Rock Products

OCT 2014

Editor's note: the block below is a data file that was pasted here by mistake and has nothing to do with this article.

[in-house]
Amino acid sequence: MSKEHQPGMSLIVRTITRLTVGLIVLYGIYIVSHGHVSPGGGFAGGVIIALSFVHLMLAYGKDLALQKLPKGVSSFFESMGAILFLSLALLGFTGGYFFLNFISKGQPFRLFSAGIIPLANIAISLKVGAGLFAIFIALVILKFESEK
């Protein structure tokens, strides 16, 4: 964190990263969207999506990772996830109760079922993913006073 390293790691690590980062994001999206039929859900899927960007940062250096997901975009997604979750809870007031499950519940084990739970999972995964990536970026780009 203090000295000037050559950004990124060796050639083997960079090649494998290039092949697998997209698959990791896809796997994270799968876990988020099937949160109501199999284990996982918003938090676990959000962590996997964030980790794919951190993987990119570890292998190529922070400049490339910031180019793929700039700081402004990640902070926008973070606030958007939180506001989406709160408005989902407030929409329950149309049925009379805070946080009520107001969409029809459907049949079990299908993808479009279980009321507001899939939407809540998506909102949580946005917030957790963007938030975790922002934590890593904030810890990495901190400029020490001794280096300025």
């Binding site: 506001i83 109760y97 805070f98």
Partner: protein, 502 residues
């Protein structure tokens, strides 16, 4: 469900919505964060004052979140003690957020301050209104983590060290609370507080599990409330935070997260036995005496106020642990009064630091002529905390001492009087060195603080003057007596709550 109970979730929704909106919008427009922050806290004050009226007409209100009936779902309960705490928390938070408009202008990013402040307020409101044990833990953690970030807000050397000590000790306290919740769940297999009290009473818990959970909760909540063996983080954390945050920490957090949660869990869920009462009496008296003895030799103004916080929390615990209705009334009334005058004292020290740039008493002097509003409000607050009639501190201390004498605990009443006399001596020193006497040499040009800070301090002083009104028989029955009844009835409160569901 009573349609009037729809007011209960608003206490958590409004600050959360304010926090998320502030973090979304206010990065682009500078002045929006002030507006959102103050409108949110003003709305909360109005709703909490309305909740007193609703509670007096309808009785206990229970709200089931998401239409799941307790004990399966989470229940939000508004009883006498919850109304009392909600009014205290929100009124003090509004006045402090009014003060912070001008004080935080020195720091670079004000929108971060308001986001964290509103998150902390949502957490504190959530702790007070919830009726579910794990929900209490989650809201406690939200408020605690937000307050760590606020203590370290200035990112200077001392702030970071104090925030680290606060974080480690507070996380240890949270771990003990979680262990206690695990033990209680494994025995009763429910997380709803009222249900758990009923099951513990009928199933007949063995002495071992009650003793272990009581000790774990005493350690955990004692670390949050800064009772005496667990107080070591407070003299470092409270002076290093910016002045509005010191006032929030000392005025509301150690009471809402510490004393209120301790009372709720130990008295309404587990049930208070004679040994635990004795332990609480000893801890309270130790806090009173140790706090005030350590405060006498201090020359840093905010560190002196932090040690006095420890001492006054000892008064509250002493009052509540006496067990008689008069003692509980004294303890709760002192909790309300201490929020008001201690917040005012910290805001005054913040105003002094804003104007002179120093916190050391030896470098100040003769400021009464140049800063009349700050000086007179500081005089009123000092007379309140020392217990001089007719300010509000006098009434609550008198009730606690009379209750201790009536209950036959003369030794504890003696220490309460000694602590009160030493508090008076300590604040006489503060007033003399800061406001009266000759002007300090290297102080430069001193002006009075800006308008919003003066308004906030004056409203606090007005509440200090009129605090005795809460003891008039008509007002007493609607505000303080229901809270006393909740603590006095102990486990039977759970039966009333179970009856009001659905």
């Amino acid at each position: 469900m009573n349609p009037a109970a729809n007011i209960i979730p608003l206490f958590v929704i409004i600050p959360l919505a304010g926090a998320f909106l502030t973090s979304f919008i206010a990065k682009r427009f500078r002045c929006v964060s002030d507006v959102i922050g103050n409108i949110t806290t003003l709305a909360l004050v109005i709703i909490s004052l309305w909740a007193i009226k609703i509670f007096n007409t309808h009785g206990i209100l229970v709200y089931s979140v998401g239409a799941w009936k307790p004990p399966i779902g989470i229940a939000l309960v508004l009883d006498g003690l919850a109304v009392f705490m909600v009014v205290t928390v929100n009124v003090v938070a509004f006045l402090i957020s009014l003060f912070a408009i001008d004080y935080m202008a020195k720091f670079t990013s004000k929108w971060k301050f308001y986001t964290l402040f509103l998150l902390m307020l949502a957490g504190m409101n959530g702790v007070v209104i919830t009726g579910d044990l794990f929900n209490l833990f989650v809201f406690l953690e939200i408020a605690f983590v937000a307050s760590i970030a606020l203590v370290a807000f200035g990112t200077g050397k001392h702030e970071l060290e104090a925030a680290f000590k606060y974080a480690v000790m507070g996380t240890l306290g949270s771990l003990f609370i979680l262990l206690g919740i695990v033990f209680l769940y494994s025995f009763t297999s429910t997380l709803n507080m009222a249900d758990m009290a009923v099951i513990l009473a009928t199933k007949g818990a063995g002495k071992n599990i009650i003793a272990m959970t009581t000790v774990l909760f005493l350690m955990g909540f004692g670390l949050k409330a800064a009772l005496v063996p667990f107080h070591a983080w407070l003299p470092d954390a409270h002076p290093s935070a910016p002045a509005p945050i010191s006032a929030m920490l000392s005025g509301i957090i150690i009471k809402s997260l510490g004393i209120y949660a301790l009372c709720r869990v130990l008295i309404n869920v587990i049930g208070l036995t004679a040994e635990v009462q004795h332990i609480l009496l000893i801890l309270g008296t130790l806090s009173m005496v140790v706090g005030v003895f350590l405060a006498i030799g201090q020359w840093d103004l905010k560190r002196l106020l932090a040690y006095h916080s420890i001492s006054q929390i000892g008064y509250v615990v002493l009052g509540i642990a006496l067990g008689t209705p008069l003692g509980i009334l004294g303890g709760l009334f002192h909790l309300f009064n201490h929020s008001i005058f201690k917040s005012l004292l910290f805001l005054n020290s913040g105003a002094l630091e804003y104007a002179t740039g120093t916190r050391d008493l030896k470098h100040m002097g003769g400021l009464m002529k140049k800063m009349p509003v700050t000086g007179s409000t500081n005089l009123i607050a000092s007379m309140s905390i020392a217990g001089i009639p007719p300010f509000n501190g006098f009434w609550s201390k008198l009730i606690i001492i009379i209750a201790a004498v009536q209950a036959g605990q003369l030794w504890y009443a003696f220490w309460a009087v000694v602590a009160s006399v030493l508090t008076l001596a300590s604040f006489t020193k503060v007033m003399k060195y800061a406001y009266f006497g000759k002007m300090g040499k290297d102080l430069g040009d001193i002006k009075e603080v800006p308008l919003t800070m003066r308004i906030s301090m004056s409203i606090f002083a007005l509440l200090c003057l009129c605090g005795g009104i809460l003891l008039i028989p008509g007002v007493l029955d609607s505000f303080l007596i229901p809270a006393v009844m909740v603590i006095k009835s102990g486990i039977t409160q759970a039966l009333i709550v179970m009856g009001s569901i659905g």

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www.rockproducts.com ROCK products • OCTOBER 2014 47 of the Nordstrom Tower in New York. The institutional building group in August climbed 12 percent. Health‐ care facilities surged 76 percent after a weak July, lifted by the start of two large projects in New York – an $800 million clinical medical facility and an $800 million ambulatory care center. While the healthcare facilities cate‐ gory has been generally lackluster for much of 2014, up only 2 percent year‐ to‐date, there have been a few months like August that featured the start of noteworthy healthcare construction projects. Educational buildings, the other major institutional category, re‐ ceded 9 percent in August after July's 11 percent gain. Large educational building projects that reached groundbreaking in Au‐ gust included a $120 million research lab at Michigan State University in East Lansing, Mich., and an $84 mil‐ lion law school at Arizona State Uni‐ versity in Phoenix. The smaller institutional categories re‐ vealed a mixed pattern in August. Gains were reported for public buildings and churches, up 27 percent and 17 percent respectively, as each showed improve‐ ment from weak activity in July. De‐ clines were reported in August for amusement‐related work and trans‐ portation terminals, down 10 percent and 19 percent, respectively. Nonbuilding Construction Nonbuilding construction at $120.1 bil‐ lion (annual rate), dropped 12 percent in August. The public works group as a whole was down 6 percent, due prima‐ rily to a 30 percent slide for the "mis‐ cellaneous public works" category. In July, the miscellaneous public works category included $1.2 billion for work on Phase 2 of the Dulles Cor‐ ridor MetroRail project in northern Virginia. By contrast, the largest mis‐ cellaneous public works project en‐ tered as an August start was a $267 million runway reconstruction at JFK International Airport in New York. Also losing momentum in August were river/harbor development, down 1 percent; and sewer construc‐ tion, down 7 percent. On the plus side, the water supply category grew 7 per‐ cent in August, and gains were re‐ ported for both highways, up 7 percent; and bridges, up 9 percent. Electric utility construction in August decreased 33 percent, resuming the downward trend that's been present for the past year‐and‐a‐half. August did include the start of a $775 million natural gas‐fired power plant in Mary‐ land, a $260 million hydroelectric power plant in Iowa, and a $222 mil‐ lion wind farm in North Dakota, but these were not enough to avert the month's downturn for electric utility starts. Residential Building Residential building in August grew 2 percent to $235.6 billion (annual rate). Single‐family housing in August slipped 1 percent, staying basically flat with the level that was reached towards the end of 2013. In August, reduced single‐fam‐ ily construction was reported in the West, down 3 percent; and the South Central, down 2 percent; while slight 1 percent gains were reported in the Northeast, the Midwest, and the South Atlantic regions. Multifamily housing provided the up‐ ward push, increasing 10 percent. The largest multifamily projects that were entered as August starts were the $718 million multifamily portion of the Nord‐ strom Tower in New York, a $420 mil‐ lion apartment building in New York, a $198 million condominium building in San Francisco, a $169 million multifam‐ ily building in Boston, and a $150 mil‐ lion multifamily project in Dallas involving the redevelopment of an office building into residential apartments. E Year-to-Date Through the first eight months of 2014, total construction starts on an unadjusted basis were $361.4 billion, up 4 percent from the same period a year ago. The 4 percent increase for total construction starts on an unadjusted basis during the Jan- uary-August period of 2014 was due to a mixed pattern by major construction sector. • Nonresidential building year-to-date ad- vanced 13 percent, with this perform- ance by segment – commercial building, up 7 percent; manufacturing building, up 132 percent; and institutional building, up 1 percent. • Residential building year-to-date in- creased 5 percent, with single family housing up only 1 percent while multi- family housing jumped 19 percent. • Nonbuilding construction year-to-date dropped 9 percent, with public works down 11 percent and electric utilities down 2 percent. By geography, total construction starts in the first eight months of 2014 showed gains in three regions – the South Central, up 15 per- cent; the Northeast, up 5 percent; and the West, up 1 percent. Total construction starts in the South Atlantic held even with the same period a year ago, while the Midwest re- ported a 1 percent decline. On a year-to-date basis, highways and bridges together were down 15 percent from last year. Through the first eight months of 2014, the metropolitan area with the highest dollar amount of multifamily starts was New York, up 60 percent from the previous year. Rounding out the top five metropolitan areas for multifamily construction starts (with the percent change from a year ago) were the following – Washington, D.C., up 47 percent; Los Angeles, up 55 percent; Miami, up 25 percent; and San Francisco, up 47 percent.

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